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What is a confusion matrix? How does it work? Why do we care?

Jake AndersonJun 26, 2020

A confusion matrix is a nice way of visualizing the performance of your models. In my video last week on accuracy, precision and recall, I made a mistake while drawing my confusion matrix. Thanks to Reddit users u/MlecznyHotS, u/Alouis07, u/dafeviizohyaeraaqua, and u/wasperen for pointing it out. Let’s fix my mistake.

Last week, when drawing the confusion matrix, I mixed up all the locations of where true positives, true negatives, false positives, and false negatives go on the confusion matrix. In reality, a confusion matrix looks like this – but how do you read it? There are four boxes that correspond to the number of examples where your predicted value matches the actual value, or not, depending on the square. The top row is predicting positive and the bottom row is predicting negative. Similarly, the first column is what is actually positive, and the second column is what is actually negative. So to understand what the top right box means, it’s in the predicted positive row with actually negative column – it’s the number of examples where your model guessed positive when in reality it was negative – the number of false positives. Quickly going through the rest of the boxes – the top left and bottom right are simple - top left is where you predicted positive and it was positive I.e., top left is the true positive square, and bottom right is where you predicted negative and it was negative so that’s the true negative square. Finally, the bottom left is where you predicted negative but it was actually a positive, so that’s the false negative square.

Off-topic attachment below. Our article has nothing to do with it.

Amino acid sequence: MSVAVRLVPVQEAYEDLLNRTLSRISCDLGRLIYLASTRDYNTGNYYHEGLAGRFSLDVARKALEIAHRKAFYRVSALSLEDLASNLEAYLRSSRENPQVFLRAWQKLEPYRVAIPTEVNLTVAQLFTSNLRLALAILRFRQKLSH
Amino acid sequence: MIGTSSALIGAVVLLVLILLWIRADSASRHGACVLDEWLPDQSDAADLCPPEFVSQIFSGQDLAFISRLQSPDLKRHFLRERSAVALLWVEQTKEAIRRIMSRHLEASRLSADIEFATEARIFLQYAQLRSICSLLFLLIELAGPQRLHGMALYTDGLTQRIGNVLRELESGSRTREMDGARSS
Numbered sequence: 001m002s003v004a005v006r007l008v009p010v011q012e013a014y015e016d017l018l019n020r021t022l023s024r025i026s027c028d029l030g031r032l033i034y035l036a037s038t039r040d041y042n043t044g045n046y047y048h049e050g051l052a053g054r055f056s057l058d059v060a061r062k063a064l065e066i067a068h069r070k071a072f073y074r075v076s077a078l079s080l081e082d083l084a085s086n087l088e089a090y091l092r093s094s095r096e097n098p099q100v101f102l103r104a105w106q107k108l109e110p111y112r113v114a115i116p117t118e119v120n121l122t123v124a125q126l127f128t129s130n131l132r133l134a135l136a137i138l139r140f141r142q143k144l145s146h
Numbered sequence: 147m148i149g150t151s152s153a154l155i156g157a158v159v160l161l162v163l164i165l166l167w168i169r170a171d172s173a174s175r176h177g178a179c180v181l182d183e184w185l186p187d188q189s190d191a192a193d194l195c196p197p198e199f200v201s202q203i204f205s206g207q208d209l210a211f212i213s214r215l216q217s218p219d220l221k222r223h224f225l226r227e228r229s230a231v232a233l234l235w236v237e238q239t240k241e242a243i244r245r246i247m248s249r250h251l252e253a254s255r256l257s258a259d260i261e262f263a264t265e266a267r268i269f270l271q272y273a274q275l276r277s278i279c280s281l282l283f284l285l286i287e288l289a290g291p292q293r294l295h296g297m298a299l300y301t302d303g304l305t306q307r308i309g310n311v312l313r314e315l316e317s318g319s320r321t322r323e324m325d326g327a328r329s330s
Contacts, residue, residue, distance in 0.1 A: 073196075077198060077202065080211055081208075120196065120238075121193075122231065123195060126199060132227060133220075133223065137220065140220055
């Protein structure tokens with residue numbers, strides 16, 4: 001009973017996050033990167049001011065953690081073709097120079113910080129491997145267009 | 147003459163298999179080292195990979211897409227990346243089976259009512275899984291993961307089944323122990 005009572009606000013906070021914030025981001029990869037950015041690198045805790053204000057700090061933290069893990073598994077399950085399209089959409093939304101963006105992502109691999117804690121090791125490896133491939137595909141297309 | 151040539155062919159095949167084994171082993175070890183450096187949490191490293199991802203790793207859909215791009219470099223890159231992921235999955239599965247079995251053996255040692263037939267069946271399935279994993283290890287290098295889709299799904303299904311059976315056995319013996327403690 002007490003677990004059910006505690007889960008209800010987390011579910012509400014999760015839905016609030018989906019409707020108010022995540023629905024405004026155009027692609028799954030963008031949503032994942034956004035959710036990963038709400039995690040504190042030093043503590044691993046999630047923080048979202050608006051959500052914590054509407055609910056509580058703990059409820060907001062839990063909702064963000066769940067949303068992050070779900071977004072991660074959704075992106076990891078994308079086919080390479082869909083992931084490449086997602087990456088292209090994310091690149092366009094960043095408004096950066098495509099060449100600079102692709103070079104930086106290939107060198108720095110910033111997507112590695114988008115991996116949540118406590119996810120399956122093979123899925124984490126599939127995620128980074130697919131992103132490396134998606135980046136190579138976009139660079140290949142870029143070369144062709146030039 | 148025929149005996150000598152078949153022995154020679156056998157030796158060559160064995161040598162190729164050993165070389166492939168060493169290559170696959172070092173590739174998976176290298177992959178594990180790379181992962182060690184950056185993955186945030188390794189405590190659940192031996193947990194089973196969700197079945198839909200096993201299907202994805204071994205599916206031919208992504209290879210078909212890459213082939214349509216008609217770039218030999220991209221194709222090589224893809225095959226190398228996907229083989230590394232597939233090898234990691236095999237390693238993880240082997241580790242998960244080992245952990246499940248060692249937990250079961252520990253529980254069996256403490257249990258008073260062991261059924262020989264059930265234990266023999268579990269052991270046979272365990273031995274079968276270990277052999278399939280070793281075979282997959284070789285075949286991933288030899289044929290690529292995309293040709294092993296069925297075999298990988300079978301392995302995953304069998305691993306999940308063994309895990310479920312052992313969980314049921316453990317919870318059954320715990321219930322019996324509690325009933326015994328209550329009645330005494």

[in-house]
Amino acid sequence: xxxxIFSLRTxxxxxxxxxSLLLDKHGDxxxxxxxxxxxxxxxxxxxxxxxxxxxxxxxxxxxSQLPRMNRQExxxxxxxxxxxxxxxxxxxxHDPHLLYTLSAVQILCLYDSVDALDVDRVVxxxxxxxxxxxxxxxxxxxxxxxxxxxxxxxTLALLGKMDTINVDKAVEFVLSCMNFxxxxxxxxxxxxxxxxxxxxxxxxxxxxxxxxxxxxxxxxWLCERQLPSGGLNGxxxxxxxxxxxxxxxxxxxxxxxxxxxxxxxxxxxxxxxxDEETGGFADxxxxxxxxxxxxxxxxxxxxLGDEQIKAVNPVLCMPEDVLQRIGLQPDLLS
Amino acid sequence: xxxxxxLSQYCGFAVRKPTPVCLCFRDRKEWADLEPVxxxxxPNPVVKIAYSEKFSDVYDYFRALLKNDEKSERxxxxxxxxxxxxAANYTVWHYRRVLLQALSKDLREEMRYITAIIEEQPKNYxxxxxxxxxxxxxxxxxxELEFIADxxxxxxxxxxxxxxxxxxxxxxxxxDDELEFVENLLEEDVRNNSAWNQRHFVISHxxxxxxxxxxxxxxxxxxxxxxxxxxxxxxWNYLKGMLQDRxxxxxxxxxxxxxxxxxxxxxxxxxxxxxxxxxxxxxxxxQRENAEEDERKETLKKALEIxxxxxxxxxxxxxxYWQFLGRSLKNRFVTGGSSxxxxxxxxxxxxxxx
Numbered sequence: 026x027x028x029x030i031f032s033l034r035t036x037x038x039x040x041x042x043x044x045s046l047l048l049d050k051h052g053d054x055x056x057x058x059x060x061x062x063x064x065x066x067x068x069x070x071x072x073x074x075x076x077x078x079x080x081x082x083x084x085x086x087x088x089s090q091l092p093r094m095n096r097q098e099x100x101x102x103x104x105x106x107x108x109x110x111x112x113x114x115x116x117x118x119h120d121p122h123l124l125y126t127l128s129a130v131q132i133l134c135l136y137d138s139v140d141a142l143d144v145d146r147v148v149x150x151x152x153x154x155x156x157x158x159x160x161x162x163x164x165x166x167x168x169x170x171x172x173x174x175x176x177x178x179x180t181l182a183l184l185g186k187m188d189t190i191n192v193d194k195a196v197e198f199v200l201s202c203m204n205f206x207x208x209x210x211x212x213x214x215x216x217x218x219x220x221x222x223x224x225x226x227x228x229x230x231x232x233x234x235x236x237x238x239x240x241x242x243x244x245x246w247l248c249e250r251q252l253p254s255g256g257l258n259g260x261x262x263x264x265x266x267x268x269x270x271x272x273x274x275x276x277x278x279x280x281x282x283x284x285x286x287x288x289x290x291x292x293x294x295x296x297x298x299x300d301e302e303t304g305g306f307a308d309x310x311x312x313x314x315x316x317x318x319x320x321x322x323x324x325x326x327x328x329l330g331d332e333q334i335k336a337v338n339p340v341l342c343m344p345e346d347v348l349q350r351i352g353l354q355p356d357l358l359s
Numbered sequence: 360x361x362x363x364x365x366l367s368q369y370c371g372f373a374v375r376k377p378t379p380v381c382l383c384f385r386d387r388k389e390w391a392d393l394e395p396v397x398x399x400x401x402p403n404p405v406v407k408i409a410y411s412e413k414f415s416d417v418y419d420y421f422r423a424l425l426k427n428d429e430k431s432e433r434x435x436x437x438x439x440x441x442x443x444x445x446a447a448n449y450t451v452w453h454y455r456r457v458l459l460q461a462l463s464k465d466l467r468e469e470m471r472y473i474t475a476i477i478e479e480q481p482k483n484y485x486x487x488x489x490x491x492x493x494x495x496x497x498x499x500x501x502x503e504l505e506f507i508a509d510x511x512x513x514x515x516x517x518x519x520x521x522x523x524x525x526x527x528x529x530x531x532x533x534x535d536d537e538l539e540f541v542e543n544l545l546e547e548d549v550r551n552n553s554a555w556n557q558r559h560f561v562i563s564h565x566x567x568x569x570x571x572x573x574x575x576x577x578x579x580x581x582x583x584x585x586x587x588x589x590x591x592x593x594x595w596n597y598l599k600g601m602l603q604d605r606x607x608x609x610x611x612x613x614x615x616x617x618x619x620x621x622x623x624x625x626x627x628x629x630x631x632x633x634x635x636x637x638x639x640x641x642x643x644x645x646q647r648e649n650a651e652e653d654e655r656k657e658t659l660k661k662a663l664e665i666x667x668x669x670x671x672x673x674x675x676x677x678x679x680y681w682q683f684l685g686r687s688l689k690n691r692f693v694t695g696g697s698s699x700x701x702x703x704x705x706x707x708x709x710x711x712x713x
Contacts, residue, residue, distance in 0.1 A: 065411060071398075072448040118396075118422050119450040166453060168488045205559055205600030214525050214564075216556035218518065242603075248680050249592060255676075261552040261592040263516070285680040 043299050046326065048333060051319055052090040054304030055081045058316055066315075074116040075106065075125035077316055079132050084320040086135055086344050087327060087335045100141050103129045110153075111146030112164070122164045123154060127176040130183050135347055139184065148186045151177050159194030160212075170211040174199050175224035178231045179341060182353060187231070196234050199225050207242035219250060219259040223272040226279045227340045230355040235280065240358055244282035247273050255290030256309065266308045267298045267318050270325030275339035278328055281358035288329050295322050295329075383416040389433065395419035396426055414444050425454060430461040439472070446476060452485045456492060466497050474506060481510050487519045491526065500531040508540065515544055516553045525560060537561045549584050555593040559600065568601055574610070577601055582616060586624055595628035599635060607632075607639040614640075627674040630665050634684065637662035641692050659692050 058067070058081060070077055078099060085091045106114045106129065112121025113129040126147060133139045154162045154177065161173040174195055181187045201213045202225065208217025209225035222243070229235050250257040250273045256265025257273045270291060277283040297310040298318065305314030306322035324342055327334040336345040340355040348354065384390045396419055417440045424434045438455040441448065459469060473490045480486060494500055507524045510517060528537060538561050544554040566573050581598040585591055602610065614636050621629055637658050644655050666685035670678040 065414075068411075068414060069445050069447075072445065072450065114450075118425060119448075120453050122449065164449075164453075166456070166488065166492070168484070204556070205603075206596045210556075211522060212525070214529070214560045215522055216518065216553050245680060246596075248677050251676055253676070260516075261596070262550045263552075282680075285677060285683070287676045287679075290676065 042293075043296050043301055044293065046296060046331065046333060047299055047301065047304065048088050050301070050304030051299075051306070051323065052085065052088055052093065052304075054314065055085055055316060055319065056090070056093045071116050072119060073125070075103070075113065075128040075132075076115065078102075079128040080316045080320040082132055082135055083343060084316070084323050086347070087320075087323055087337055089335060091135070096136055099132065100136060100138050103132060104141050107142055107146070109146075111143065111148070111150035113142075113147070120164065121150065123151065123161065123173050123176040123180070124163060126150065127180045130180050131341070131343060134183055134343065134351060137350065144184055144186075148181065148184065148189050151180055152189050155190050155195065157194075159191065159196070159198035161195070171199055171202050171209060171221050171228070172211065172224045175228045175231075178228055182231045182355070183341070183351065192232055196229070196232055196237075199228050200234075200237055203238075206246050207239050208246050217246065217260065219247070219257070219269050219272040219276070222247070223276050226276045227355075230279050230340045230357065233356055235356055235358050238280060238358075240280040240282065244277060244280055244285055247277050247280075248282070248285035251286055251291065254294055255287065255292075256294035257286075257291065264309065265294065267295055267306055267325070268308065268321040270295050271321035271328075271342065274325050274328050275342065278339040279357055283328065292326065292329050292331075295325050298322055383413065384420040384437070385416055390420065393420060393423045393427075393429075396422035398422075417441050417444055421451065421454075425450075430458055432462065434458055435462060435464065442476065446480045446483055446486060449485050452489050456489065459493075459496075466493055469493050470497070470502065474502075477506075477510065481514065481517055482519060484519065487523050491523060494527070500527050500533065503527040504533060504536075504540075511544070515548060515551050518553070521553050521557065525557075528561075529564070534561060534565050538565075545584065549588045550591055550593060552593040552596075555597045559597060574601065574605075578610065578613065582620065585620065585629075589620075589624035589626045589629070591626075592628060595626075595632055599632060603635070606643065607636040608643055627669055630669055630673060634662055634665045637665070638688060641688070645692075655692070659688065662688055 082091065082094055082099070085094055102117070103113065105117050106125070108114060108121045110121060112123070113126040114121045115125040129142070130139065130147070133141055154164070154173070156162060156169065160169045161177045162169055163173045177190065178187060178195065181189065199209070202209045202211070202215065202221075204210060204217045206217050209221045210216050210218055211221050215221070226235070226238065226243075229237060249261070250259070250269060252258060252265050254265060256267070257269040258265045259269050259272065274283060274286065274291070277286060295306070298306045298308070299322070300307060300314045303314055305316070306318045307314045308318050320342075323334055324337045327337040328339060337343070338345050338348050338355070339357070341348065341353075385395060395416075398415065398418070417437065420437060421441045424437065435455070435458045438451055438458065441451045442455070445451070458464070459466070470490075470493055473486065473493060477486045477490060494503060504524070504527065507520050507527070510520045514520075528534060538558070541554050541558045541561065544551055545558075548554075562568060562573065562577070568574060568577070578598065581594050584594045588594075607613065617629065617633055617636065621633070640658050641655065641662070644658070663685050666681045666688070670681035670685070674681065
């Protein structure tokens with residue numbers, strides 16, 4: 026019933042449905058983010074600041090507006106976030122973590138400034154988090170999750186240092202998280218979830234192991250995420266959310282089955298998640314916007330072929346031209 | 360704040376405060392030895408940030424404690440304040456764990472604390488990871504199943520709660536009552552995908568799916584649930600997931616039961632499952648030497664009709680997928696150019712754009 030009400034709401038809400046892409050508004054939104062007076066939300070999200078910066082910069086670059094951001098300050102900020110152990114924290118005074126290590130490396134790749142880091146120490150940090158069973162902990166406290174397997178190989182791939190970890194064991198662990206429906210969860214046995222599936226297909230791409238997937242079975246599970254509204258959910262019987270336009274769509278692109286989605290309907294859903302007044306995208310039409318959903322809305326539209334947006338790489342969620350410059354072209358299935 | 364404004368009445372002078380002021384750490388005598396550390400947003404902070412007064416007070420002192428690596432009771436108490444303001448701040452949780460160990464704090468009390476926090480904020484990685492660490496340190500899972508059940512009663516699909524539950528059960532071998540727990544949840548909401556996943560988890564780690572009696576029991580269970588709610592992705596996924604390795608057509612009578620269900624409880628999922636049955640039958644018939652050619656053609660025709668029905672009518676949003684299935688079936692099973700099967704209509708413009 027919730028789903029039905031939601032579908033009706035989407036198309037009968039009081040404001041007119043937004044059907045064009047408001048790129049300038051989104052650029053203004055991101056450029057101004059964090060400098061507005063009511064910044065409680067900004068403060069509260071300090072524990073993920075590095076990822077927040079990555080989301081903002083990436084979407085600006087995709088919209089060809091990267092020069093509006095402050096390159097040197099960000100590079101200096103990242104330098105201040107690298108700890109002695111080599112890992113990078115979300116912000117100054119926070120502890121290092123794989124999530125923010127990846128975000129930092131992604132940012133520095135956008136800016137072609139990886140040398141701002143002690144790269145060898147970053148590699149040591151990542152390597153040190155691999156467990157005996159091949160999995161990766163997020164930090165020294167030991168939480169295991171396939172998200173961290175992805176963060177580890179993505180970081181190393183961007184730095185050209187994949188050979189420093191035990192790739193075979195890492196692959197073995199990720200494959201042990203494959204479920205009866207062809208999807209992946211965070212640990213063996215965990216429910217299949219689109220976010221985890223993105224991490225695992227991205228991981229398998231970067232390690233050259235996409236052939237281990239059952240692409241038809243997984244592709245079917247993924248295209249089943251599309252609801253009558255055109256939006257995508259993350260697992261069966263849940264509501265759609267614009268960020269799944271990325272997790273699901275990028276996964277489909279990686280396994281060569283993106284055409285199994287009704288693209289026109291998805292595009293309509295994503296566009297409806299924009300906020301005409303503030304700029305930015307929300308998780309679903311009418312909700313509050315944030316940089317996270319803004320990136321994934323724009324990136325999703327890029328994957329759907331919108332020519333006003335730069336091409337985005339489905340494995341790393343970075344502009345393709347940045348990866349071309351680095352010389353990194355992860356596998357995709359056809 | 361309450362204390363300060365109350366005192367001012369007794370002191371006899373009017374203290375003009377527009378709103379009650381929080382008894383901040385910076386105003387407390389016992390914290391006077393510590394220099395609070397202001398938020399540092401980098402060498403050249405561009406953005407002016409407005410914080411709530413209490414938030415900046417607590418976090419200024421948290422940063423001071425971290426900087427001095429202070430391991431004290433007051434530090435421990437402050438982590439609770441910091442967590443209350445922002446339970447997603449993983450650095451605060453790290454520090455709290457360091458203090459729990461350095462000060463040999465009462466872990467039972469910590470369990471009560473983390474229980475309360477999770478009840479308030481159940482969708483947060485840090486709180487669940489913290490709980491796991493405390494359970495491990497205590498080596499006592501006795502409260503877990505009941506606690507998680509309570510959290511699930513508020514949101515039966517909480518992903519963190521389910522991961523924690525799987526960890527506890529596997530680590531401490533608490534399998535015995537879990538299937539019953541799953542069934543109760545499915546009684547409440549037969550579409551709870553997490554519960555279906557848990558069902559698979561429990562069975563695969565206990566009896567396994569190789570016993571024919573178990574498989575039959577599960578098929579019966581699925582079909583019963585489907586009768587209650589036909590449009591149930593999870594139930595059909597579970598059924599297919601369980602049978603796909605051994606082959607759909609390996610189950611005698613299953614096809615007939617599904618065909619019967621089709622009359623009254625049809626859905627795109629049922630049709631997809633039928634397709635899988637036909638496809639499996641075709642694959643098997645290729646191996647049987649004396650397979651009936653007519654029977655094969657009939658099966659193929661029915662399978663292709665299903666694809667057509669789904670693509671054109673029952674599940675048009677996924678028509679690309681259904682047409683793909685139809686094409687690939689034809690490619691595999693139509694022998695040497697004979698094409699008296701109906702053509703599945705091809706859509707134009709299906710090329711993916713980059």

Confusion matrices can be confusing to read sometimes for two reasons. One, a lot of tables will just label the axes as actual and predicted instead of labeling the values – while identical in function, I find that the prior takes up less space but the latter is way easier to read. The second reason that confusion matrices can be confusing is because people will sometimes flip the axes – the x axis will become predicted instead of actual and the y axis will become actual instead of predicted. Even on Wikipedia (article linked in the description), all of the examples have rows represent different actual classes but for the last non-example confusion matrix, that is, the table that defines very clearly what is a true positive, what is a false positive etcetera, that confusion matrix uses rows to represent different predicted classes instead! So you just have to be careful and watch your axis when you are reading someone’s results.

Why do we care about confusion matrices? Why do we care about the individual values of true positives, false positives, false negatives, and true negatives? Because different problems care more about certain values than others. Let’s say that you are responsible for developing a model that does drug testing. After initial development, you see you are 99% accurate! Yay!

  Actual Positive Actual Negative
Predicted Positive 100 400
Predicted Negative 100 59400

However, if you look at the confusion matrix, you see that in reality, you have 4 times as many false positives as true positives. That means that if every person who takes your test and gets a positive result gets thrown in jail for drug use, 4 for every 5 people in jail or 80% of people who use your test are actually innocent. So you have to carefully consider your evaluation metrics and always double check the confusion matrix for weird or interesting results that your model outputs.